Americans have been treated to regular headlines over the last year or more about supposed culture war clashes around education. The far-right has turned school board meetings into war zones while Republican governors and legislatures have loudly pursued an agenda of book banning and censorship, decrying so-called “pornography” and controversy over race, gender and historical representation.
Yet do these conflicts represent actual growing discontent over public education? Mounting evidence shows: not really.
A brand new large-scale, high-quality national poll from NPR and Ipsos focusing on American parents of school-aged children reveal strikingly few divides, partisan or otherwise, in how American parents view their local schools:
- The survey shows that the vast majority of American parents say their kids are on-track or ahead of where they should be academically.
- Across all subject matter categories, many fewer parents report that their child is behind.
- Almost half (47%) of parents report that the COVID pandemic has not disrupted their child’s education.
Moreover, parents are mostly very comfortable with their child’s curriculum at school.
- Across partisan categories, a supermajority of parents (76%) report that they’re satisfied how their school keeps them informed of curriculum choices.
- Only a small minority (24%) of parents say they have too little say over what is taught and what books are in the library at their kid’s school, while a plurality (37%) doesn’t know.
NPR has an excellent breakdown of the new survey, as well as analysis about why we’re hearing so much culture warring noise over schools:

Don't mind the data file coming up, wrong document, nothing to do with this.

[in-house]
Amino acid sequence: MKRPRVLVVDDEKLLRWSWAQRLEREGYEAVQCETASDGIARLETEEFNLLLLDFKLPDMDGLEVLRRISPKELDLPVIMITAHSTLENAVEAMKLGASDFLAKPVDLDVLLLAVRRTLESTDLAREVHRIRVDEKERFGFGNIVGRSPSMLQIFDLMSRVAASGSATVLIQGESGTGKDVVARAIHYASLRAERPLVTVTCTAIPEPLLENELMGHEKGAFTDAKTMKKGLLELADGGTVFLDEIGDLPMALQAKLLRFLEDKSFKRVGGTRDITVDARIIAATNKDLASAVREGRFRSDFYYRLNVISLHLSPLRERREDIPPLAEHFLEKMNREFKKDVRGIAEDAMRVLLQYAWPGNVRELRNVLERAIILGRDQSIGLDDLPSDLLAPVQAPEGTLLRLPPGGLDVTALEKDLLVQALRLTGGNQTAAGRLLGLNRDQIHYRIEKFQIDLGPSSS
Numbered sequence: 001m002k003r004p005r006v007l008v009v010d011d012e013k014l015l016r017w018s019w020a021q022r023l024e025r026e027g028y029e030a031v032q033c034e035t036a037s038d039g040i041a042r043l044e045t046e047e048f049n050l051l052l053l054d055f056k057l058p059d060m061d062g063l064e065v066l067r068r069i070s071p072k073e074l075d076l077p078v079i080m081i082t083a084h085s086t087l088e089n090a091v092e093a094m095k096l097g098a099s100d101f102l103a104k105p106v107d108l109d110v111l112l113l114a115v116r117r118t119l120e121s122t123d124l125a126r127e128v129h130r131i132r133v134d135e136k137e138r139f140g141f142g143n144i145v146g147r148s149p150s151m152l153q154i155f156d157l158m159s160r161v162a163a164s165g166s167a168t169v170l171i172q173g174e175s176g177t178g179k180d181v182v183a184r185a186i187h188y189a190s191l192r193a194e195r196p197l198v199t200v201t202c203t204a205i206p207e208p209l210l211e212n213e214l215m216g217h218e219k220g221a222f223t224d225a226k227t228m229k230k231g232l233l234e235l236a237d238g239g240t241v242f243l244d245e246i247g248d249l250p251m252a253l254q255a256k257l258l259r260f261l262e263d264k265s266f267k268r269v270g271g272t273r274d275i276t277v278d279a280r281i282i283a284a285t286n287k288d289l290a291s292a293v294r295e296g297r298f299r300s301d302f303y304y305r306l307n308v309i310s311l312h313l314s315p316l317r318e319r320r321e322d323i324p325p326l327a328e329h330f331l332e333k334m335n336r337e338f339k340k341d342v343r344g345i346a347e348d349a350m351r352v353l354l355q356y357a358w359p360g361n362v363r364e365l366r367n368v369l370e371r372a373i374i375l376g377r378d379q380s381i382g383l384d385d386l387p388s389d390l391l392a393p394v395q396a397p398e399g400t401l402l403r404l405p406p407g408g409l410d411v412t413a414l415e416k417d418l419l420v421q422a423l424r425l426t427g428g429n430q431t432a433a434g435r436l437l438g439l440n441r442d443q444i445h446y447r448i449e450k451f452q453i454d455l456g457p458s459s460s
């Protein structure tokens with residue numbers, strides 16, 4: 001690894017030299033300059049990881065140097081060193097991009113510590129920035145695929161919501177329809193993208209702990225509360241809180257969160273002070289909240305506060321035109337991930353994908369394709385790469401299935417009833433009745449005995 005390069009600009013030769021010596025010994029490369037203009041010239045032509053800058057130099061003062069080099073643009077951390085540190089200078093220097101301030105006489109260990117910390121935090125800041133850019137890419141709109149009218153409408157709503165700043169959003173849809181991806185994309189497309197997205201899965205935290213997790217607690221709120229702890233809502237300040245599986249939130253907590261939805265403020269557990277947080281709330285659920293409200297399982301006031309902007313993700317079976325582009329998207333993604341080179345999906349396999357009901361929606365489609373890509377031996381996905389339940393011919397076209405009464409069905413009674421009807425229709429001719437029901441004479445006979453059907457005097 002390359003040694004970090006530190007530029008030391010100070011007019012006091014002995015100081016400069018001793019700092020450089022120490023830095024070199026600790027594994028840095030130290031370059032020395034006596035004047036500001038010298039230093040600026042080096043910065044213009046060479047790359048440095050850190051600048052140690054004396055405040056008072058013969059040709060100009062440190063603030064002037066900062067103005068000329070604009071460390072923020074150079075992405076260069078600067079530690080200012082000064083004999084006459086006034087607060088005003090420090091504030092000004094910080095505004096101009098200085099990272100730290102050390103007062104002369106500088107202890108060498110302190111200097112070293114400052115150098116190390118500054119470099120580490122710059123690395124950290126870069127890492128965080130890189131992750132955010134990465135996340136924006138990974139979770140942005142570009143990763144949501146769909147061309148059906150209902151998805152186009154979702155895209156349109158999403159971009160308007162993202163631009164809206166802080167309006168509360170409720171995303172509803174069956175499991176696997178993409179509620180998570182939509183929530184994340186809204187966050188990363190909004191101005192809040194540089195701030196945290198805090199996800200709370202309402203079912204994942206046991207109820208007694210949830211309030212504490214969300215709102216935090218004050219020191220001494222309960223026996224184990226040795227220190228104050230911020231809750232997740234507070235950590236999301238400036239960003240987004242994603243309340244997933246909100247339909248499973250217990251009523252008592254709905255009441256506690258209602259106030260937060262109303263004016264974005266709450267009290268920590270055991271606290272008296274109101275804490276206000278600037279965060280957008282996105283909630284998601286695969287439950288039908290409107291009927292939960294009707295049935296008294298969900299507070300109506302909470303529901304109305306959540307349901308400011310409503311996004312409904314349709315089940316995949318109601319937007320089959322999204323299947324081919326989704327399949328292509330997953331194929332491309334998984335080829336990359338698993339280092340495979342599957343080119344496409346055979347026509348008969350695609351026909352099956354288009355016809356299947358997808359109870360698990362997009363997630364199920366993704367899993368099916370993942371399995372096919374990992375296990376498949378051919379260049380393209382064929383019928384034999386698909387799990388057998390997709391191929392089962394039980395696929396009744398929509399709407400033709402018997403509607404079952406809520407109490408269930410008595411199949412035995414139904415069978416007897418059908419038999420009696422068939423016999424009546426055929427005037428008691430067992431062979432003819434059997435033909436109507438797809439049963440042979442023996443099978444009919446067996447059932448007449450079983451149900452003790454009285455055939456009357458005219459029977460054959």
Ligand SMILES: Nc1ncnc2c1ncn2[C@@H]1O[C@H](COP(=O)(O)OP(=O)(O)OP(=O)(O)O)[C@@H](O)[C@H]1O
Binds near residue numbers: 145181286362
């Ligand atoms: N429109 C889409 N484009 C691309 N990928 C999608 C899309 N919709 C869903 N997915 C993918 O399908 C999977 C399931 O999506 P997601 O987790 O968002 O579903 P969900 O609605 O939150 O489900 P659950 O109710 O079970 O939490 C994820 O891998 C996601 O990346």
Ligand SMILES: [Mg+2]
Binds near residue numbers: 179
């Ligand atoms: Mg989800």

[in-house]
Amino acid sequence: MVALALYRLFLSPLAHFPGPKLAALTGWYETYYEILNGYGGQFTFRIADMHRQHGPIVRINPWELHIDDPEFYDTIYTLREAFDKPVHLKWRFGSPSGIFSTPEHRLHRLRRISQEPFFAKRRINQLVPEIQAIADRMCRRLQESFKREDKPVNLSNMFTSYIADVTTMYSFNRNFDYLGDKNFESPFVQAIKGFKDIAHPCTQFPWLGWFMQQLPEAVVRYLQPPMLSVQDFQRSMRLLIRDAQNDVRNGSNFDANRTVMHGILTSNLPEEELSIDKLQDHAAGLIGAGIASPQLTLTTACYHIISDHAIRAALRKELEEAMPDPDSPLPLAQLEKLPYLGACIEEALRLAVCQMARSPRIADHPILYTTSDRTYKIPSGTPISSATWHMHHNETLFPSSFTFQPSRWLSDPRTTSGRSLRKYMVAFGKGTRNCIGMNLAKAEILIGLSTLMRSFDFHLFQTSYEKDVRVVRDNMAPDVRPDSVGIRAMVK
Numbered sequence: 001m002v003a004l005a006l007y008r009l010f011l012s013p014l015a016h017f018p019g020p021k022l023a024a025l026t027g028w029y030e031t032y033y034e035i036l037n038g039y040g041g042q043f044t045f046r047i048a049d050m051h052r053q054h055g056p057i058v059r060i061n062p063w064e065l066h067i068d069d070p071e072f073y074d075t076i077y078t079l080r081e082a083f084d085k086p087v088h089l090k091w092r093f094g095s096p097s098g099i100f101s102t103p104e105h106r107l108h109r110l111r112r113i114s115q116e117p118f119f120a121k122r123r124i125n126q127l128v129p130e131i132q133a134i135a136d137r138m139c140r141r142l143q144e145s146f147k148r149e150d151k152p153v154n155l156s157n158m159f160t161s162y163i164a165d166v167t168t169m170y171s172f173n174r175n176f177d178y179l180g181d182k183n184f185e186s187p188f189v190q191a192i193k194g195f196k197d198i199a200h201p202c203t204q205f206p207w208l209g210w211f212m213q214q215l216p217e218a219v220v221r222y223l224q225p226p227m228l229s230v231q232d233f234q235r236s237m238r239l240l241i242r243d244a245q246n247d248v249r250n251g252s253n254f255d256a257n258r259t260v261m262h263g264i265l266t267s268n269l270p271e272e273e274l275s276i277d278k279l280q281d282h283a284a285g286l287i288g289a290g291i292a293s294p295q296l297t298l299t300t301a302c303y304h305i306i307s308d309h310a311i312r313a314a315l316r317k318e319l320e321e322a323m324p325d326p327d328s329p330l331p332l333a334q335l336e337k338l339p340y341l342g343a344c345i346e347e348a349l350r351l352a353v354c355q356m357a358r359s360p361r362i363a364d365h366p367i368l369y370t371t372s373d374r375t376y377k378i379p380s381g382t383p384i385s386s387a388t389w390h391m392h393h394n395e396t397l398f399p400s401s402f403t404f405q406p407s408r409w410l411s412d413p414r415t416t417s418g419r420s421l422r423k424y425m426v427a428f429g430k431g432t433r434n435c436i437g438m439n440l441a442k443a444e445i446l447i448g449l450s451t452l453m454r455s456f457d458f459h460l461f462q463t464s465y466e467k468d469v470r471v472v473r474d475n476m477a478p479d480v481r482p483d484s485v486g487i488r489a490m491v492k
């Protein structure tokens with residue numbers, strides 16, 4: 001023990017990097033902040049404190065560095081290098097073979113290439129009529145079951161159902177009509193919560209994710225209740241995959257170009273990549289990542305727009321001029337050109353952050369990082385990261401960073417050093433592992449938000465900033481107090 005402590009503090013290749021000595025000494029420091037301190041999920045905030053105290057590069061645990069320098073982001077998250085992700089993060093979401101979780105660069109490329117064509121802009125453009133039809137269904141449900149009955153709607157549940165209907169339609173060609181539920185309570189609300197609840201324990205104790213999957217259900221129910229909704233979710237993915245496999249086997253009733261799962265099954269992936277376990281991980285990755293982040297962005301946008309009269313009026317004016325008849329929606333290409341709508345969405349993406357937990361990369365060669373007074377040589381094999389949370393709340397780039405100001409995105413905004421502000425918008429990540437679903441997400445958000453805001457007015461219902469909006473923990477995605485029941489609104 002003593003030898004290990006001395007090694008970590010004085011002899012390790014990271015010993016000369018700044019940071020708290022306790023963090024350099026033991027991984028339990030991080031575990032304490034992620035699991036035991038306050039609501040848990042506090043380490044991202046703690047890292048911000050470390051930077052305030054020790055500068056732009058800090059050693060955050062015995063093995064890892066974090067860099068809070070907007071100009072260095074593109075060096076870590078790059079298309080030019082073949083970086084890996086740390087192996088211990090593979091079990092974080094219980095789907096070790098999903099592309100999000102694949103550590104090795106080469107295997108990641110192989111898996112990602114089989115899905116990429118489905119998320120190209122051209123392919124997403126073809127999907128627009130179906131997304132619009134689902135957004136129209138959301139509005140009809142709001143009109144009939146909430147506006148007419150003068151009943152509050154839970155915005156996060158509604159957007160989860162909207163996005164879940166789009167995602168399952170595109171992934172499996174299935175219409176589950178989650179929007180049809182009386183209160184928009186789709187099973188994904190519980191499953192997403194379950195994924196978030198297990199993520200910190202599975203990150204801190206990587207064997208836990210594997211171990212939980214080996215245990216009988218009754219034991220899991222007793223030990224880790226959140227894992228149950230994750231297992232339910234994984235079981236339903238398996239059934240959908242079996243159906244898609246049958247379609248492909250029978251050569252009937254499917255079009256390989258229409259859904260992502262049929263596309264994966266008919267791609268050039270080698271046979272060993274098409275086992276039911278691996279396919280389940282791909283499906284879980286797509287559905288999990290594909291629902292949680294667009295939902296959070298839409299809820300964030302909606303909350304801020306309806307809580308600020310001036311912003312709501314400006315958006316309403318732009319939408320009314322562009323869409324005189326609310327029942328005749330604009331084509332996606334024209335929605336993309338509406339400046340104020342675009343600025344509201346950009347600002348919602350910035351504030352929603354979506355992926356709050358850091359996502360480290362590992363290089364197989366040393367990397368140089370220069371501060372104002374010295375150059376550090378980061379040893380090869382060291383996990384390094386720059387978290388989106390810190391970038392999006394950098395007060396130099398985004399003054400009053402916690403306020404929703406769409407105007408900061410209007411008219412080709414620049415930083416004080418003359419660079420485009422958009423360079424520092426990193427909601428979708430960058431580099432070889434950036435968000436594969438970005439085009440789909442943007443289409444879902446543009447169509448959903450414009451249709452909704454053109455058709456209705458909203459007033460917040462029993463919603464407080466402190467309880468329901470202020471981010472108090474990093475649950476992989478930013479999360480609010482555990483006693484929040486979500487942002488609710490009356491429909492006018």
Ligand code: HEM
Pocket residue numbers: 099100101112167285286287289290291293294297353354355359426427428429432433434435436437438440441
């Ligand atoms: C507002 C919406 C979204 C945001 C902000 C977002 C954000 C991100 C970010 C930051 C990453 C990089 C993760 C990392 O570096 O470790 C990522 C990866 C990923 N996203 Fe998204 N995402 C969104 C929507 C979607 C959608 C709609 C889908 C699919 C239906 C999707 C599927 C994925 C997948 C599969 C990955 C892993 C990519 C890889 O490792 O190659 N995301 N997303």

Ralph Wilson, a researcher who studies how partisan donors back the culture war, says these groups imply that they represent a silent majority of conservative-leaning parents. But that’s not necessarily the case, he says.
“It’s definitely an incredibly small minority that’s being amplified with this large, well-funded infrastructure to appear larger and to appear to have more well-founded concerns than they do.” (NPR)
Trust in teachers
Previous polling by Carolina Forward shows results that strongly support the new Ipsos survey. Across registered voters in North Carolina – a different, but strongly overlapping, respondent group with parents – there is significant levels of trust in public school teachers and principals:
The recent confrontational approach over education is really a mobilization strategy by GOP-aligned far-right groups, including some based here in North Carolina, which are overwhelmingly funded and recruited by national organizations. They do not command much or any organic audience. Most voters, including most parents, overwhelmingly support a strong public education system. Whether North Carolina can rebuilt a strong school system after a decade of divestment is up to the voters to decide.